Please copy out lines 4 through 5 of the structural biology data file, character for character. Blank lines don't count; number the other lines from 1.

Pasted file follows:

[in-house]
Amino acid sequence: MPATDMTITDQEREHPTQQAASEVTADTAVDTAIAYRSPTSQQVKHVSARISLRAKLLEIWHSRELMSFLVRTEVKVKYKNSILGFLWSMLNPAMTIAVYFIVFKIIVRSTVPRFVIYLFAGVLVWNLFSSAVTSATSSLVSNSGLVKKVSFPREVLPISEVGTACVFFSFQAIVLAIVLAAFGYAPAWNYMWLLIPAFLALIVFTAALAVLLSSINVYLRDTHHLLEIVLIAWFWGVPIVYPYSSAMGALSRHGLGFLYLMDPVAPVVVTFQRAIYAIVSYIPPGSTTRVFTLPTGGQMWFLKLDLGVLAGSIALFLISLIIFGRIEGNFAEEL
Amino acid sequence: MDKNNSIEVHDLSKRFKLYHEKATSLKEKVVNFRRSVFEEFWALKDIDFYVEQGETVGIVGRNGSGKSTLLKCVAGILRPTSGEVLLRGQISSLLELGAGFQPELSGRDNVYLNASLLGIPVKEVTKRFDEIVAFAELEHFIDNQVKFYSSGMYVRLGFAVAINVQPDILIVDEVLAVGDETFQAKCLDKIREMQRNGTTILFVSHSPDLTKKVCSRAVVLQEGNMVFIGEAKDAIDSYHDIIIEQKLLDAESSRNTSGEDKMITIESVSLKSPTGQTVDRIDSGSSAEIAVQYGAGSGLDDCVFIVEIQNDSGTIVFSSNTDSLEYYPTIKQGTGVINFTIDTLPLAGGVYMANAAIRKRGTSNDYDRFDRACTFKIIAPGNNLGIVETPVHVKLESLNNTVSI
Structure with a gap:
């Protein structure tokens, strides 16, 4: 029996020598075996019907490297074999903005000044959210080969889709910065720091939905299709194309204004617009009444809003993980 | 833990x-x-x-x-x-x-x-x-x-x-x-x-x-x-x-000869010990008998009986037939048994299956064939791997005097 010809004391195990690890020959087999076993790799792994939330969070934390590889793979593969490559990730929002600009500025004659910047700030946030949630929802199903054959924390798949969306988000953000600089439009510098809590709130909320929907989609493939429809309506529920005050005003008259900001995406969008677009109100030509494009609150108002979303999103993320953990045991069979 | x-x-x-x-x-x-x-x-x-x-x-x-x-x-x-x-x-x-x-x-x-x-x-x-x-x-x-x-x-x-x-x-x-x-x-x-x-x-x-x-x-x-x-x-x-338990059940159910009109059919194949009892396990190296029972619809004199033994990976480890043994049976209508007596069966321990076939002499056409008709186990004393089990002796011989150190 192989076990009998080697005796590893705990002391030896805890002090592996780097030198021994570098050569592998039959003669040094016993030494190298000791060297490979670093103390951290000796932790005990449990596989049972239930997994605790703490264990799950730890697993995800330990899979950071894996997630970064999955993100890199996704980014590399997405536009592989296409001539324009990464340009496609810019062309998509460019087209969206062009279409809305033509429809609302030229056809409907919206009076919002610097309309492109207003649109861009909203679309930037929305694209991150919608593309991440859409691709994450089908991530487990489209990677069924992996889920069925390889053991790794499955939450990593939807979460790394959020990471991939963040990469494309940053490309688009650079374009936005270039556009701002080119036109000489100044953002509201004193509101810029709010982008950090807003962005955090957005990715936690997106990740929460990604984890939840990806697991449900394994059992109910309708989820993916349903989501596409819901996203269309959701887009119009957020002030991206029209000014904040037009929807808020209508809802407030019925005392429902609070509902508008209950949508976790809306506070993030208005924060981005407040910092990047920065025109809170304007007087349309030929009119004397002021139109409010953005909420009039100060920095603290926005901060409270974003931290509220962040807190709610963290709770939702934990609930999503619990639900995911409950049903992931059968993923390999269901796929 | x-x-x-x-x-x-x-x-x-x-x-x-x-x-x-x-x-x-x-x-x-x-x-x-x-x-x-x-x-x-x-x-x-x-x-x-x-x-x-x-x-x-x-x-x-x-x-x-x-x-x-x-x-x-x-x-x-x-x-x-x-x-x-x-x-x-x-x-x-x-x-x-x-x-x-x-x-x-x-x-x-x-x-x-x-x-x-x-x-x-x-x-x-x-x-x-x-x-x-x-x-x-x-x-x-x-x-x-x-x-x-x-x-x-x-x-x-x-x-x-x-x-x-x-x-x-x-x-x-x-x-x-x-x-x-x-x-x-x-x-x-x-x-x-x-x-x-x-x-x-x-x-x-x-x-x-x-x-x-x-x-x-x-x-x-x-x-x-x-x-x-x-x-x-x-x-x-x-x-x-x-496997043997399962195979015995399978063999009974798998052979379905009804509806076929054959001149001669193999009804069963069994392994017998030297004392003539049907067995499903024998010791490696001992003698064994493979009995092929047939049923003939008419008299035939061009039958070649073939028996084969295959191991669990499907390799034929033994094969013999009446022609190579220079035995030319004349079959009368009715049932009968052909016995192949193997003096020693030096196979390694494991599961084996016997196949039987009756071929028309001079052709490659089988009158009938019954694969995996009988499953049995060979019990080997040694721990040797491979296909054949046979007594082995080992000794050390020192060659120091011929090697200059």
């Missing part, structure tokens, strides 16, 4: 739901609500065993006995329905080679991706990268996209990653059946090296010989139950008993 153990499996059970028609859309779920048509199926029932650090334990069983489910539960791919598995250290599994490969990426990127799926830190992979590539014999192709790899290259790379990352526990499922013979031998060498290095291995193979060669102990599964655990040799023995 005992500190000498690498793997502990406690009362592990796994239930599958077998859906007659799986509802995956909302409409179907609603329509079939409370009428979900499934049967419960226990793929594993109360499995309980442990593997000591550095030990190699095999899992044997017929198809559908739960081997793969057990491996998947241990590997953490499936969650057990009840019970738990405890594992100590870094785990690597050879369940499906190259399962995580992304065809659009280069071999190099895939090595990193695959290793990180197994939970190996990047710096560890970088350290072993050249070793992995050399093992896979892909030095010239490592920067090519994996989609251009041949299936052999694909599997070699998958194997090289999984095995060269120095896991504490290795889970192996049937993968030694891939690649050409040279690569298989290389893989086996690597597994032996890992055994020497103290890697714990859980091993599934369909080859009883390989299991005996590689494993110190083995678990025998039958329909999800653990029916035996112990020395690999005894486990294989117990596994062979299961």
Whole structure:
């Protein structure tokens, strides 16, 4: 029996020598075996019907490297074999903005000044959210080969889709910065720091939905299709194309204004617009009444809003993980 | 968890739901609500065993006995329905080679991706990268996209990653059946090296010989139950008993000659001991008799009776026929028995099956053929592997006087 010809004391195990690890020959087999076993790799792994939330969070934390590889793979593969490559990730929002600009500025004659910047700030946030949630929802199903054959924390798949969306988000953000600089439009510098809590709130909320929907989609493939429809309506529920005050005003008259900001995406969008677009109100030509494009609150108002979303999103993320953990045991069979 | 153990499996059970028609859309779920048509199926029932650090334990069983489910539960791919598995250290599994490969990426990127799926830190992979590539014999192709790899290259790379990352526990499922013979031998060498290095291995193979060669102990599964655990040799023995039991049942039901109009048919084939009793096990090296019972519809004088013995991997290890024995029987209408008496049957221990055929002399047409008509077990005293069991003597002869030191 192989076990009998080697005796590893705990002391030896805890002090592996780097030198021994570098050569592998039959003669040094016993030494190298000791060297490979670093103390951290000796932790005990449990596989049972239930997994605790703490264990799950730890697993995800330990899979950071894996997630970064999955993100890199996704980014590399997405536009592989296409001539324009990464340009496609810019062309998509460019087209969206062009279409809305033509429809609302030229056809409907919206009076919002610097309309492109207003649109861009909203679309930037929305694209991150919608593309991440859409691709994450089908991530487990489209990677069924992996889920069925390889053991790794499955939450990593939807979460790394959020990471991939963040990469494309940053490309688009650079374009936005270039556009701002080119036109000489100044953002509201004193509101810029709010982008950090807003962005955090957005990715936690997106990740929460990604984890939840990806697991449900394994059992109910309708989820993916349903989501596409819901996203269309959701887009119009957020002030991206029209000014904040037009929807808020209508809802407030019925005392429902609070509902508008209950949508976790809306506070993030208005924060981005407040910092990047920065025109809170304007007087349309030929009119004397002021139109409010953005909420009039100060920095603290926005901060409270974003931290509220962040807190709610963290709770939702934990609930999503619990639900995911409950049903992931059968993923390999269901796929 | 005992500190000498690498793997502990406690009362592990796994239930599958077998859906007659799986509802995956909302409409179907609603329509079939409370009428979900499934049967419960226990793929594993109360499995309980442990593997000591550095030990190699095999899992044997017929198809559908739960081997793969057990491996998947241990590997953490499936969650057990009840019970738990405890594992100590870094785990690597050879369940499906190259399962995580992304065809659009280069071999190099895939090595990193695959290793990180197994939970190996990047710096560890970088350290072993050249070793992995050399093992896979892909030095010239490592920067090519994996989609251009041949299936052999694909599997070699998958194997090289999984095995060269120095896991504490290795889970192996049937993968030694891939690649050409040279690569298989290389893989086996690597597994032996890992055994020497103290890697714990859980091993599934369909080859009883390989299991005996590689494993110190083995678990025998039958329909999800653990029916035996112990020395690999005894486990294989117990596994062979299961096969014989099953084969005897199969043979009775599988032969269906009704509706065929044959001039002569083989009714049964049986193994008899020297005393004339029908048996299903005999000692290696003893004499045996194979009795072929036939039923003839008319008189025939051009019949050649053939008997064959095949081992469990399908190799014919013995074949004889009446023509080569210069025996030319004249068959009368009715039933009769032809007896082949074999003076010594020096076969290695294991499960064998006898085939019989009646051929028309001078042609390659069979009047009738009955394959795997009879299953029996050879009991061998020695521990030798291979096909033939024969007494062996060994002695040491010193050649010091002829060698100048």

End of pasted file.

Structure with a gap:
């Protein structure tokens, strides 16, 4: 029996020598075996019907490297074999903005000044959210080969889709910065720091939905299709194309204004617009009444809003993980 | 833990x-x-x-x-x-x-x-x-x-x-x-x-x-x-x-000869010990008998009986037939048994299956064939791997005097 010809004391195990690890020959087999076993790799792994939330969070934390590889793979593969490559990730929002600009500025004659910047700030946030949630929802199903054959924390798949969306988000953000600089439009510098809590709130909320929907989609493939429809309506529920005050005003008259900001995406969008677009109100030509494009609150108002979303999103993320953990045991069979 | x-x-x-x-x-x-x-x-x-x-x-x-x-x-x-x-x-x-x-x-x-x-x-x-x-x-x-x-x-x-x-x-x-x-x-x-x-x-x-x-x-x-x-x-x-338990059940159910009109059919194949009892396990190296029972619809004199033994990976480890043994049976209508007596069966321990076939002499056409008709186990004393089990002796011989150190 192989076990009998080697005796590893705990002391030896805890002090592996780097030198021994570098050569592998039959003669040094016993030494190298000791060297490979670093103390951290000796932790005990449990596989049972239930997994605790703490264990799950730890697993995800330990899979950071894996997630970064999955993100890199996704980014590399997405536009592989296409001539324009990464340009496609810019062309998509460019087209969206062009279409809305033509429809609302030229056809409907919206009076919002610097309309492109207003649109861009909203679309930037929305694209991150919608593309991440859409691709994450089908991530487990489209990677069924992996889920069925390889053991790794499955939450990593939807979460790394959020990471991939963040990469494309940053490309688009650079374009936005270039556009701002080119036109000489100044953002509201004193509101810029709010982008950090807003962005955090957005990715936690997106990740929460990604984890939840990806697991449900394994059992109910309708989820993916349903989501596409819901996203269309959701887009119009957020002030991206029209000014904040037009929807808020209508809802407030019925005392429902609070509902508008209950949508976790809306506070993030208005924060981005407040910092990047920065025109809170304007007087349309030929009119004397002021139109409010953005909420009039100060920095603290926005901060409270974003931290509220962040807190709610963290709770939702934990609930999503619990639900995911409950049903992931059968993923390999269901796929 | x-x-x-x-x-x-x-x-x-x-x-x-x-x-x-x-x-x-x-x-x-x-x-x-x-x-x-x-x-x-x-x-x-x-x-x-x-x-x-x-x-x-x-x-x-x-x-x-x-x-x-x-x-x-x-x-x-x-x-x-x-x-x-x-x-x-x-x-x-x-x-x-x-x-x-x-x-x-x-x-x-x-x-x-x-x-x-x-x-x-x-x-x-x-x-x-x-x-x-x-x-x-x-x-x-x-x-x-x-x-x-x-x-x-x-x-x-x-x-x-x-x-x-x-x-x-x-x-x-x-x-x-x-x-x-x-x-x-x-x-x-x-x-x-x-x-x-x-x-x-x-x-x-x-x-x-x-x-x-x-x-x-x-x-x-x-x-x-x-x-x-x-x-x-x-x-x-x-x-x-x-496997043997399962195979015995399978063999009974798998052979379905009804509806076929054959001149001669193999009804069963069994392994017998030297004392003539049907067995499903024998010791490696001992003698064994493979009995092929047939049923003939008419008299035939061009039958070649073939028996084969295959191991669990499907390799034929033994094969013999009446022609190579220079035995030319004349079959009368009715049932009968052909016995192949193997003096020693030096196979390694494991599961084996016997196949039987009756071929028309001079052709490659089988009158009938019954694969995996009988499953049995060979019990080997040694721990040797491979296909054949046979007594082995080992000794050390020192060659120091011929090697200059």